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The Daily Wildcat

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The Daily Wildcat

The Daily Wildcat

 

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    Notion of ‘white privilege’ skews political debates

    In light of ongoing debates in our country over illegal immigration and affirmative action, I’d like to highlight a commonly held theory that hinders progress on these issues. This idea, known as “”white privilege,”” suggests that the superiority of whites bestows to them unspoken economic, social and personal advantages over minorities.

    However, the concept of white privilege is just another manifestation of social construction. It is an illogical attempt to show causality by connecting unrelated facts. Proponents of white privilege make observations about society and then incorrectly use race to explain them. But, in reality, the true underlying causes could be any number of factors.

    Recently, I’ve encountered some confusing rhetoric in support of white privilege suggesting, for the most part, that whites are in complete denial. Supporters claim that an important step in establishing racial equality is for whites to admit that their so-called “”privileges”” exist.

    But, how can I validate an idea that is fundamentally flawed? By doing so, I would be buying into the notion that minorities really are inferior to whites. And that contradicts every bit of virtue and morality ever instilled in my mind. But more importantly, I would be legitimizing discrimination based on skin color, which would make me nothing more than a hypocrite and a racist. How, then, would I be any different from a member of the KKK?

    White privilege is a racist idea. And I reject any line of thought that stinks of racial undercurrents! Humanity cannot solve the truly important social dilemmas we face until people of all backgrounds stop judging each other on superficial characteristics. Racism is a two way street, but both directions still lead to the same places: resentment, anger and jealousy. It must stop!

    Adam Burkhart chemical engineering senior

    STRIVE Act not a solution

    The Security Through Regularized Immigration and a Vibrant Economy (STRIVE) Act was presented as a bipartisan house legislation as a solution for immigration. However, it is not a win-win solution.

    For example, if a mother, who is illegal and has been in the U.S. for many years, has children, who are U.S. citizens, do we deport her? It would create a problem for social systems and family and vice versa with the father. It would ruin the financial structure if the father was the sole provider and it would break up families.

    There are 12 million illegal aliens in the U.S. and only two percent are prosecuted, so we do not have enough manpower to control them. There needs to be someone who can come up with a possible solution to stop this illegal immigration.

    Only one possible solution would be to have Mexico boost their economy. It would give the Mexican people an incentive to stay in their country, freedom to promote their business and most importantly, provide them with jobs. This will then be a solution to stop the illegal immigration.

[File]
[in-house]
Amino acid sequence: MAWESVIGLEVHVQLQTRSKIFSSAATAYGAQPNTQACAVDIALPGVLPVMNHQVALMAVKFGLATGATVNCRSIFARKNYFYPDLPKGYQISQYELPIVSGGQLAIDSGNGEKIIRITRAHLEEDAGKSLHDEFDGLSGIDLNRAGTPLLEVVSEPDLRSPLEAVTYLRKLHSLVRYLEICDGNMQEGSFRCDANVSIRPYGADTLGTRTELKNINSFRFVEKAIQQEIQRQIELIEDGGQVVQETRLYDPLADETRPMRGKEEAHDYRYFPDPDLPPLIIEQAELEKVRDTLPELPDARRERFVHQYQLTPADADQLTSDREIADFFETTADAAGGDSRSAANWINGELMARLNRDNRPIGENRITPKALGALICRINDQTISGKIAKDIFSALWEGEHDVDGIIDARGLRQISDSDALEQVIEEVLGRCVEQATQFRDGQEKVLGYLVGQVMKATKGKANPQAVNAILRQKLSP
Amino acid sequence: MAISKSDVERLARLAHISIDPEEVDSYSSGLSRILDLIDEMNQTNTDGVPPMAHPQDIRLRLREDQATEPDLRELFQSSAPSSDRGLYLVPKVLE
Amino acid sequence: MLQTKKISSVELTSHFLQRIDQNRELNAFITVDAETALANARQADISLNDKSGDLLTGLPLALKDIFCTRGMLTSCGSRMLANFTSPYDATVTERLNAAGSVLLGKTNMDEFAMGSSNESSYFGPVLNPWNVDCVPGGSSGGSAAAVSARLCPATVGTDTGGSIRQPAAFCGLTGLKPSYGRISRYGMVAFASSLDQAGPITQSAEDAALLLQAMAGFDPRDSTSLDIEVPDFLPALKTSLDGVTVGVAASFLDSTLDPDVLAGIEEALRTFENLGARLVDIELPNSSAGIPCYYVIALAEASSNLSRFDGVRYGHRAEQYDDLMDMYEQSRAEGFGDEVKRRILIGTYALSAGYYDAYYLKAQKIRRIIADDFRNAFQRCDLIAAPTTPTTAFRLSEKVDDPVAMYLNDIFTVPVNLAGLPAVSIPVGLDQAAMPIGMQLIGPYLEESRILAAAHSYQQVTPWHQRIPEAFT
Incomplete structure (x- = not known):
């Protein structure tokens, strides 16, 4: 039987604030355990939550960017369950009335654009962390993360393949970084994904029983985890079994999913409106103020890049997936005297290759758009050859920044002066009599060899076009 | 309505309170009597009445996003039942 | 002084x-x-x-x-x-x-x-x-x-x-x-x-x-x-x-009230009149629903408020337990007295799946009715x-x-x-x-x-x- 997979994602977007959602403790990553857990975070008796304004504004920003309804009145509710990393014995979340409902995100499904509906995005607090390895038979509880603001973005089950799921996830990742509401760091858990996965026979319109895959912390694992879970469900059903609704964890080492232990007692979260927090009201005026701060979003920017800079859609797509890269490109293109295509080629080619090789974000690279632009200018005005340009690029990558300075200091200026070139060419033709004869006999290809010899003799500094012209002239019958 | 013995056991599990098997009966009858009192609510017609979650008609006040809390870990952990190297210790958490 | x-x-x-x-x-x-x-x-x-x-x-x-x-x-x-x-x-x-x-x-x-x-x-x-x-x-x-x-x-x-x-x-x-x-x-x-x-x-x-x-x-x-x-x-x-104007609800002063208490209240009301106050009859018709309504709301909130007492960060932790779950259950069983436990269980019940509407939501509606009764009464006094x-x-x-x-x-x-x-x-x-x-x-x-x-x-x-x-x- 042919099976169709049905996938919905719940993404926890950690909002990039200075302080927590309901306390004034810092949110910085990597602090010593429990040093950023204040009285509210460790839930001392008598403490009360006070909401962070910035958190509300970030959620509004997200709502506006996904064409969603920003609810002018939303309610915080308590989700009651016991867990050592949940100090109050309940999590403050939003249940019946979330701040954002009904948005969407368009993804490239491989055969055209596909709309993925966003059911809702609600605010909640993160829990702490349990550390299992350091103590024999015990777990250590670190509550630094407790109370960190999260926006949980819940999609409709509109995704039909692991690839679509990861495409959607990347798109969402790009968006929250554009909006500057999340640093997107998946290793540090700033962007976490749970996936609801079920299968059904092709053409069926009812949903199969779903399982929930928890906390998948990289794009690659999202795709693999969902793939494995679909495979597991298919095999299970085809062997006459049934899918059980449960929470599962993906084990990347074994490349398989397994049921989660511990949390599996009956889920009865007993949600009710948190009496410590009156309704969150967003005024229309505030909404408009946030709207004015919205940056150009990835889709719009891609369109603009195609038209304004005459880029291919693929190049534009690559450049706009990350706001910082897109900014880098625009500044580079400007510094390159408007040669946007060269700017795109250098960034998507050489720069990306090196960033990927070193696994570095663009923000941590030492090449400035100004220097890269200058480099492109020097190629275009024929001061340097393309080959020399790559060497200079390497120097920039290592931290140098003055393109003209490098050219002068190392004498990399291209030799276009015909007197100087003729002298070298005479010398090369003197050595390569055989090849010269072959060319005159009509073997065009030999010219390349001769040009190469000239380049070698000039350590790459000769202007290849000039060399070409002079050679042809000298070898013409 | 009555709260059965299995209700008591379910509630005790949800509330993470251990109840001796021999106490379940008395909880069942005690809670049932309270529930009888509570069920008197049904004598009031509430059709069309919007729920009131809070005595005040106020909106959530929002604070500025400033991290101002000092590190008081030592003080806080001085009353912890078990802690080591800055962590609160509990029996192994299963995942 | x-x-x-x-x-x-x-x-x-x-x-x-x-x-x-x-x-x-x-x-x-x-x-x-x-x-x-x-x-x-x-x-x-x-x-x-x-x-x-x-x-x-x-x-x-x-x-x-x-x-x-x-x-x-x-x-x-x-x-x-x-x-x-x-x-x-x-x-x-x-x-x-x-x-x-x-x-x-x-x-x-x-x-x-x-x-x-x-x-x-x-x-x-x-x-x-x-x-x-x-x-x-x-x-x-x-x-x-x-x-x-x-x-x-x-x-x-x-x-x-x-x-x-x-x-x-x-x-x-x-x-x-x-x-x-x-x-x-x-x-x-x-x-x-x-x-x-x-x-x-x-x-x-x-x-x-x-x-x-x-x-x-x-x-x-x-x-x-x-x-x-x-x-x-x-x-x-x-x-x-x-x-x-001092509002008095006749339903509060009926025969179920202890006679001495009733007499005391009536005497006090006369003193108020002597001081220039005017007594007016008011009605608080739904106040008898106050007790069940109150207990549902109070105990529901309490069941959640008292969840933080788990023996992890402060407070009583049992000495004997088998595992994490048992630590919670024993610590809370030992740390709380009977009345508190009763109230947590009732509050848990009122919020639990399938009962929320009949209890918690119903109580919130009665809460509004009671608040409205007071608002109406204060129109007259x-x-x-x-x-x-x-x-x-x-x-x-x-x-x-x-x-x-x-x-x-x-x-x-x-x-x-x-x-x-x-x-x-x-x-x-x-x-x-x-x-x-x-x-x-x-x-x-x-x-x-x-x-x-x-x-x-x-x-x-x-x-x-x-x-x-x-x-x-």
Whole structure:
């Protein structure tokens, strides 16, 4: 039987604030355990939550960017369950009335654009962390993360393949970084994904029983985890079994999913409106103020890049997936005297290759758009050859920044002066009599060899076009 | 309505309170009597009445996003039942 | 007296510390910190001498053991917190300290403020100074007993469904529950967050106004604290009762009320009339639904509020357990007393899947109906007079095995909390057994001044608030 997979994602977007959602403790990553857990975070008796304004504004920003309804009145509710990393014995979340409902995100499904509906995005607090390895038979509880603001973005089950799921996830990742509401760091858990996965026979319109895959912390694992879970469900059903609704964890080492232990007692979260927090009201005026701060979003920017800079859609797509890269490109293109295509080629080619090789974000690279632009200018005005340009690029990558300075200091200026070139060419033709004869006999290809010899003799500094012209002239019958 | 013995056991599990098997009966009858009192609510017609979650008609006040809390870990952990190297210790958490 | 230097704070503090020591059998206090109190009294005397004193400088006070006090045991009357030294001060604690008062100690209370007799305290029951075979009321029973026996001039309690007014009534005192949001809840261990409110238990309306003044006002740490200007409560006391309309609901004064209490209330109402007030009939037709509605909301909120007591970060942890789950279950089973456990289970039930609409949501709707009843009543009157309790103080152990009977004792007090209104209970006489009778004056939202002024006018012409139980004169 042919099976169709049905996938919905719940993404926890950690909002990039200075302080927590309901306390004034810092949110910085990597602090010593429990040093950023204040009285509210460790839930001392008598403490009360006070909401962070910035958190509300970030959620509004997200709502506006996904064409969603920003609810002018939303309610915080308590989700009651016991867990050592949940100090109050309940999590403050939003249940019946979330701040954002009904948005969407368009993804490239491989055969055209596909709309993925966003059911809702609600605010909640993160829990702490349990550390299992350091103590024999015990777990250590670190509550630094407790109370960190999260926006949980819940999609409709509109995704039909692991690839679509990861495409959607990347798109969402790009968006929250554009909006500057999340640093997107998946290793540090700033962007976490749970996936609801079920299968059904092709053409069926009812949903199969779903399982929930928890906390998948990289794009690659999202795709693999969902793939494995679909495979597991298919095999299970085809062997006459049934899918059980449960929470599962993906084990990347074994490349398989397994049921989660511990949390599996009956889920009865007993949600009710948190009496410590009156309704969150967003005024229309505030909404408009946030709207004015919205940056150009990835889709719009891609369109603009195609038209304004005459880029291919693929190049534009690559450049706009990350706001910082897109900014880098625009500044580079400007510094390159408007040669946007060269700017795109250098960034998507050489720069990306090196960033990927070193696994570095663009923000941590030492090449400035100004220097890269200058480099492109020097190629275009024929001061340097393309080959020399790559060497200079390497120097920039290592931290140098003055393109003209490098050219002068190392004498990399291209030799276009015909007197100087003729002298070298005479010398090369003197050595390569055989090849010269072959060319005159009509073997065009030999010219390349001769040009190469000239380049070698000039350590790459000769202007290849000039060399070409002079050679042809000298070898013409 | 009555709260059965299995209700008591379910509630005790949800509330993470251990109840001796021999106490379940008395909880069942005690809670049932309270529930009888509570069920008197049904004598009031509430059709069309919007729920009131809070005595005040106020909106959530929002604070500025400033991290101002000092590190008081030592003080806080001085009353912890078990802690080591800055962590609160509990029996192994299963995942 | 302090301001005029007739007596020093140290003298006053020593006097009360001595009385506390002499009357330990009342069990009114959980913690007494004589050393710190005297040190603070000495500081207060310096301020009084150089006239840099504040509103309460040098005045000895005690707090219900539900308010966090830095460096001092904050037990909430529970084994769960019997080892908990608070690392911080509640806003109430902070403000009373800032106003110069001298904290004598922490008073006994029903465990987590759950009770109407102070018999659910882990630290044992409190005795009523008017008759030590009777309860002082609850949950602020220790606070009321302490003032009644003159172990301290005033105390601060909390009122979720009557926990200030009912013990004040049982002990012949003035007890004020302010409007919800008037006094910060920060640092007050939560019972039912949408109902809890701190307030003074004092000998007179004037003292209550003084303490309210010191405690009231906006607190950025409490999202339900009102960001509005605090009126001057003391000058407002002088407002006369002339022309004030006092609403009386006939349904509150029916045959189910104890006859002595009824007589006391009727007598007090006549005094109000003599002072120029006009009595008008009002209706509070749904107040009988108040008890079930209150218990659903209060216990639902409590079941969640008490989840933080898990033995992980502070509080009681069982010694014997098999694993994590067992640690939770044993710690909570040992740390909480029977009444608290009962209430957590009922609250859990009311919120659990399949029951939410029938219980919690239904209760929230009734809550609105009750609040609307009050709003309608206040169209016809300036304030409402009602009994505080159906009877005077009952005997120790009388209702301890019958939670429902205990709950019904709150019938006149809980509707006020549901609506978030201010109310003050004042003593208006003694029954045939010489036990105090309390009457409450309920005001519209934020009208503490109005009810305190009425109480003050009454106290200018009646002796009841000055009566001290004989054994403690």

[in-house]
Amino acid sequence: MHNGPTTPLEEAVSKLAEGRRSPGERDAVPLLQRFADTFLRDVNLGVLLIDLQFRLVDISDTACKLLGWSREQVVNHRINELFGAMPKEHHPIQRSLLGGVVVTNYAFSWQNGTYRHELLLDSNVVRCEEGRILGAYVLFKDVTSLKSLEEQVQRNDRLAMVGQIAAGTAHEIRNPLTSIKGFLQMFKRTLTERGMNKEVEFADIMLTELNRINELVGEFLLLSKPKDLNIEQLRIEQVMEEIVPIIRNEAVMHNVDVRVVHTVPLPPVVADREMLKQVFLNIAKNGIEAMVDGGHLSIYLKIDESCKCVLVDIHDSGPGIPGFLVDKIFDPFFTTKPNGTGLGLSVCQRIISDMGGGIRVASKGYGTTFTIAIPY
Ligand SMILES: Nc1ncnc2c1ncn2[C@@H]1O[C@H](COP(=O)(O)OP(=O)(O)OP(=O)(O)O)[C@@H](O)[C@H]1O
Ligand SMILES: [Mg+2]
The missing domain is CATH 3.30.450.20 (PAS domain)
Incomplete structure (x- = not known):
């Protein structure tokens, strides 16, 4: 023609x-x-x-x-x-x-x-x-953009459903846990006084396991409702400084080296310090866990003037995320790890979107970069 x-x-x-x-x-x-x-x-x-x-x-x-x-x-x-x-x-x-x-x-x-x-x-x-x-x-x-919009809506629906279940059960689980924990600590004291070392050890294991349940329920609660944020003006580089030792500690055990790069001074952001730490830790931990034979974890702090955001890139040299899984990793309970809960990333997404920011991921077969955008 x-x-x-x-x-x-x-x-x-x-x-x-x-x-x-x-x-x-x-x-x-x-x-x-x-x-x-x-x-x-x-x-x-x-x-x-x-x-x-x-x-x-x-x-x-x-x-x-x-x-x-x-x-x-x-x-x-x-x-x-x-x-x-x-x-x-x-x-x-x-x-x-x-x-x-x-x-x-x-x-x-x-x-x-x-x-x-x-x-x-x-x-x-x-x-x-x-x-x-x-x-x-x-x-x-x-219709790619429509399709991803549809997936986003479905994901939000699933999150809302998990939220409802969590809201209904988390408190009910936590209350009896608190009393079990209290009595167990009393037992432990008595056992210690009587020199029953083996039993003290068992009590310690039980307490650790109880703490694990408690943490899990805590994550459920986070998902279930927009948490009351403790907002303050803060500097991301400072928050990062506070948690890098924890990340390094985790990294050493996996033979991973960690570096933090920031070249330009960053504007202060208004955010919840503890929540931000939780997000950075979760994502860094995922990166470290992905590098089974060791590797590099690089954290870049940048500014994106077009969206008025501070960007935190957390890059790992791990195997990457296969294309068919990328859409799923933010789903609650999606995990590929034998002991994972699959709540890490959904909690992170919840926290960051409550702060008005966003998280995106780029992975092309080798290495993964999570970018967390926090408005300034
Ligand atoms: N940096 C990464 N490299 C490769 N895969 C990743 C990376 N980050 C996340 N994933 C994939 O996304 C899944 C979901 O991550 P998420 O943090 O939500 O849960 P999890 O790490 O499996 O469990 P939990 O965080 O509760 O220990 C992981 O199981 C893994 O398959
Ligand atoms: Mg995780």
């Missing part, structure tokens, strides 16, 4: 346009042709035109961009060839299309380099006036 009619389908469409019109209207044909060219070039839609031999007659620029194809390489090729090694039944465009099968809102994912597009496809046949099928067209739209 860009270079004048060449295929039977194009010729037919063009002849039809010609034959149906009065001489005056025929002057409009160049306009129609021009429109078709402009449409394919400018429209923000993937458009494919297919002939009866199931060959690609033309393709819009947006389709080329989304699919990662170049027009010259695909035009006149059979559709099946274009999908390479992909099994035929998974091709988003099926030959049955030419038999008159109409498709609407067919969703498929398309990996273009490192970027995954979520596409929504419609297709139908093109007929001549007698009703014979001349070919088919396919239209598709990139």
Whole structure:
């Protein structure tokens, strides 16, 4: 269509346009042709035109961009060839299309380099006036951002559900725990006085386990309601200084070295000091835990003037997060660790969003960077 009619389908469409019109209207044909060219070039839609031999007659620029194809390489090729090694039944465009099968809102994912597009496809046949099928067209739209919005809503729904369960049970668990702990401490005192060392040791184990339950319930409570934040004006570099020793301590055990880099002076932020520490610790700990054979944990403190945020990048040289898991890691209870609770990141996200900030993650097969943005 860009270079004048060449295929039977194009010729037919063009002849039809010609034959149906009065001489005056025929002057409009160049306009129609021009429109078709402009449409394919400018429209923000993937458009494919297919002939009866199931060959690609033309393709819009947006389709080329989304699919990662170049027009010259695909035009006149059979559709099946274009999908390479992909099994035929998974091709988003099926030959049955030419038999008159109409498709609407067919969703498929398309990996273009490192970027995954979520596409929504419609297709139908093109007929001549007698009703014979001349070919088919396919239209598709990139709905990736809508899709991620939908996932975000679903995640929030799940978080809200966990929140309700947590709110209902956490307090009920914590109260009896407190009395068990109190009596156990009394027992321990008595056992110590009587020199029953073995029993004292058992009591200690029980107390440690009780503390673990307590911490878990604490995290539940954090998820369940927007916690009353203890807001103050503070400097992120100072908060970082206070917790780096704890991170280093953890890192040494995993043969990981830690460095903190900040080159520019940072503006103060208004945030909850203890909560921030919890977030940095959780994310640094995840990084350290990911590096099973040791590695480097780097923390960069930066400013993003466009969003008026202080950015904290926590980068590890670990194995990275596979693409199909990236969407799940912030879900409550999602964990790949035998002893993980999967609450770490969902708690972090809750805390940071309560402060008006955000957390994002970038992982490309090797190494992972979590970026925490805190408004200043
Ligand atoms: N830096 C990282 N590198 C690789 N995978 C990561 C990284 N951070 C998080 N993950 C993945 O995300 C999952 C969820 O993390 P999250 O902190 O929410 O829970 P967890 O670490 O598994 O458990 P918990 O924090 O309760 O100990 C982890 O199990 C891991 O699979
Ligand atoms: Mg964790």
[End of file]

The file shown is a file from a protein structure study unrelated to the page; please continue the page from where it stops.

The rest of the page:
Another aspect of the STRIVE Act would enter all immigrants into a computer database system to see if they are qualified to work and later it would be incorporated into the entire U.S. workforce. According to my great-grandfather, “”one day there will be a computer chip that will be installed into your body that will determine who will be terminated or not.”” We would be just as bad as Stalin or any other dictator. Are we going to be harming democracy by restricting immigrants to come in? Fact or fiction?

    Pharah Morgan sophomore majoring in biochemistry and molecular biophysics

    Red tape could have barred D.C. violinist

    Aaron Beyerlein’s letter (“”Violin prodigy needs lessons in ‘busking'””) draws attention to a very interesting side note in the whole D.C. Metro debacle. In fact, Mr. Bell did want to perform inside of a Metro station, on one of the platforms that Mr. Beyerlein described. However, the process was anything but easy.

    The Metro is run by the Washington, D.C., city government, and thus would have to clear certain government regulations. Mr. Bell was told that busking would be a violation of the Metro’s rules, to which Mr. Bell replied that this was exactly the reason he was asking their permission to allow him to play for a mere 45 minutes. The official said that he would have to check with other, presumably higher-ranking officials.

    Eight days later, the answer came back: no way. In fact, busking in the Metro was technically against the law; thus, if Mr. Bell played in the Metro, he would be arrested by the city police, and the Metro would do nothing to stop it.

    Desperately looking for alternatives and running out of time, Mr. Bell eventually found the L’Enfant Plaza station, which was not part of the Metro system, but privately owned by JBG Companies. The senior property manager, Amanda Kearney, was given the proposal, read it over and said, “”Sure.”” Approval took little over a minute. Don’t you love government bureaucracy?

    Evan Lisull freshman majoring in political science and economics

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